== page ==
By Dr Oliver Tearle
‘September 1, 1939’ is one of W. H. Auden’s most famous poems, although Auden (1907-73) later disowned the poem and banned it from appearing in collected editions of his work. As the poem’s title indicates, ‘September 1, 1939’ was written in early September 1939 – and although Auden didn’t actually write it in a New York bar, he was living in New York at this time (having moved there from England only months earlier). September 1, 1939 was the day on which Nazi Germany invaded Poland, causing the outbreak of the Second World War. Because the poem has resonated with so many readers (in both Auden’s own century and ours), and yet Auden himself came to detest it so strongly, ‘September 1, 1939’ requires some analysis.
The metre of ‘September 1, 1939’: loosely, it’s iambic trimeter but with numerous variations and substitutions (the first line is two iambs followed by an anapaest; the second and third lines are regular iambic trimeter; the fourth contains an anapaestic substitution in the first foot; etc.). The choice of verse form is revealing, because it is allusive: it is, more or less, the same stanza form and metre that W. B. Yeats had used in his poem ‘Easter 1916’ (note that both poems have as their titles specific points in history, without naming the events they are primarily about). Yeats’s poem is about the Easter Rising of April 1916 in Dublin.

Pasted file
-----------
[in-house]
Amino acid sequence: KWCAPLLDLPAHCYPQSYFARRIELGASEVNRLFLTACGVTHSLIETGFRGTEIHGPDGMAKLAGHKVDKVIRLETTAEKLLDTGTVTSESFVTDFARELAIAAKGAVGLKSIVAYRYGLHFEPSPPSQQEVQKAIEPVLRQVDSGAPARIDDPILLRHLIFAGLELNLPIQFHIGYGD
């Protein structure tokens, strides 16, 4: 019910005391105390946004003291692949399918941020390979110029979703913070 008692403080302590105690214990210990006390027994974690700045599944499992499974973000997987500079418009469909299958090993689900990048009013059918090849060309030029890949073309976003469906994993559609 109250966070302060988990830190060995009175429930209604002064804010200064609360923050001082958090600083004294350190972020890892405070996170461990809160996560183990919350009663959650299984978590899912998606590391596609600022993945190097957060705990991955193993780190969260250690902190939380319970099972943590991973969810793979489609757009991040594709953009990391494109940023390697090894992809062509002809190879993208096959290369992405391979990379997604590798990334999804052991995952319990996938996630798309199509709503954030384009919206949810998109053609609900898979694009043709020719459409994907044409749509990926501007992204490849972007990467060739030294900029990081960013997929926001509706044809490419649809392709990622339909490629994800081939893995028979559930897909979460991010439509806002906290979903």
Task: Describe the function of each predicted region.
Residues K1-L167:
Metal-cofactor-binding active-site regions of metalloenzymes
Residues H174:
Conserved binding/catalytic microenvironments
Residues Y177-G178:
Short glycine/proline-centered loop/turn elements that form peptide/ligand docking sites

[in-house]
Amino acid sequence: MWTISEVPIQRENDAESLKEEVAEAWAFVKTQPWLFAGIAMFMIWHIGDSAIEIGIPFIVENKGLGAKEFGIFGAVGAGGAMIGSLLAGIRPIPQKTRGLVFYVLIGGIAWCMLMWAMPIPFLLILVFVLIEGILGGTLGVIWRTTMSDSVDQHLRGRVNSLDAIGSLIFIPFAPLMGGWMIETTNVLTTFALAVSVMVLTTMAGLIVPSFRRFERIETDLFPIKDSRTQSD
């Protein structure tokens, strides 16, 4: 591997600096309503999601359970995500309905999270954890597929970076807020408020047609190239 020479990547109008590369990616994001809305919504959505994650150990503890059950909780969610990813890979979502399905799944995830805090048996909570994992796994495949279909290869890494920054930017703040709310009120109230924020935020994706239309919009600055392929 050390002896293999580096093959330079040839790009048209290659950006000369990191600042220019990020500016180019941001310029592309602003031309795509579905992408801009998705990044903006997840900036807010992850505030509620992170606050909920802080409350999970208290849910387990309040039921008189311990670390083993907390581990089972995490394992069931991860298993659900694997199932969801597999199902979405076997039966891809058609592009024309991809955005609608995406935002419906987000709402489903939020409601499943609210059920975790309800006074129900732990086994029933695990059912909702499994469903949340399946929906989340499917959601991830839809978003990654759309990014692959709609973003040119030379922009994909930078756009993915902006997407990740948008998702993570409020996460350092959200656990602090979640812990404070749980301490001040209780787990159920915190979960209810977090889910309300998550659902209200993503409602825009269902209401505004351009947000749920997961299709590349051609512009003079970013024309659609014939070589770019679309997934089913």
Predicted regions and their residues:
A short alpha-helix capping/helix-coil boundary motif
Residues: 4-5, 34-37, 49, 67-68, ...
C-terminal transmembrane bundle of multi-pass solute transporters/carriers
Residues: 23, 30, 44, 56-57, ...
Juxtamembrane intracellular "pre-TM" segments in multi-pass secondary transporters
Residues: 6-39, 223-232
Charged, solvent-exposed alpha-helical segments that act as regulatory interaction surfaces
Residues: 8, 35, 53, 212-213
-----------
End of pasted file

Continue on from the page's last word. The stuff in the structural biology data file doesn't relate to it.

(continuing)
Like Yeats, Auden is aware that he is living through a watershed moment in history and is pondering what it means for the future: in Auden’s case, that what ‘Exiled Thucydides knew’ (writing about the Peloponnesian War between Athens and Sparta in the fifth century BC) we ‘must suffer … all again’. In summary, throughout ‘September 1, 1939’ there’s a sense of the world lapsing back into barbarism and violence with Hitler’s attempt to expand the Nazi empire, and a feeling that whole nations have swallowed the manipulative rhetoric used by ‘dictators’ to bend people to their will.
Some of the names and other references in Auden’s poem need glossing. The reference to Luther in the second stanza links what is going on in 1930s Germany under Hitler to the strong history of German Protestantism, stretching right back to the Reformation and Martin Luther (1483-1546), who started the Reformation in 1517. Linz is where Adolf Hitler was raised: ‘what occurred at Linz’ is a nod to the way that historians and biographers try to explain how ‘monsters’ are made by looking at what happened in that person’s childhood, i.e. what made Hitler into ‘A psychopathic god’.
Auden, however, says he can see a simpler explanation: ‘Those to whom evil is done / Do evil in return’ (probably a nod to the excessive reparations Germany was made to make under the Treaty of Versailles following their defeat in WWI; these led to severe economic recession in Germany, feeding the rise of Nazism).
‘Mad Nijinsky’ refers to the Russian ballet dancer (who was diagnosed with schizophrenia), who turned on his former lover and manager, Sergei Diaghilev, and wrote resentfully about Diaghilev – whom he blamed for destroying his dance career – in his diary.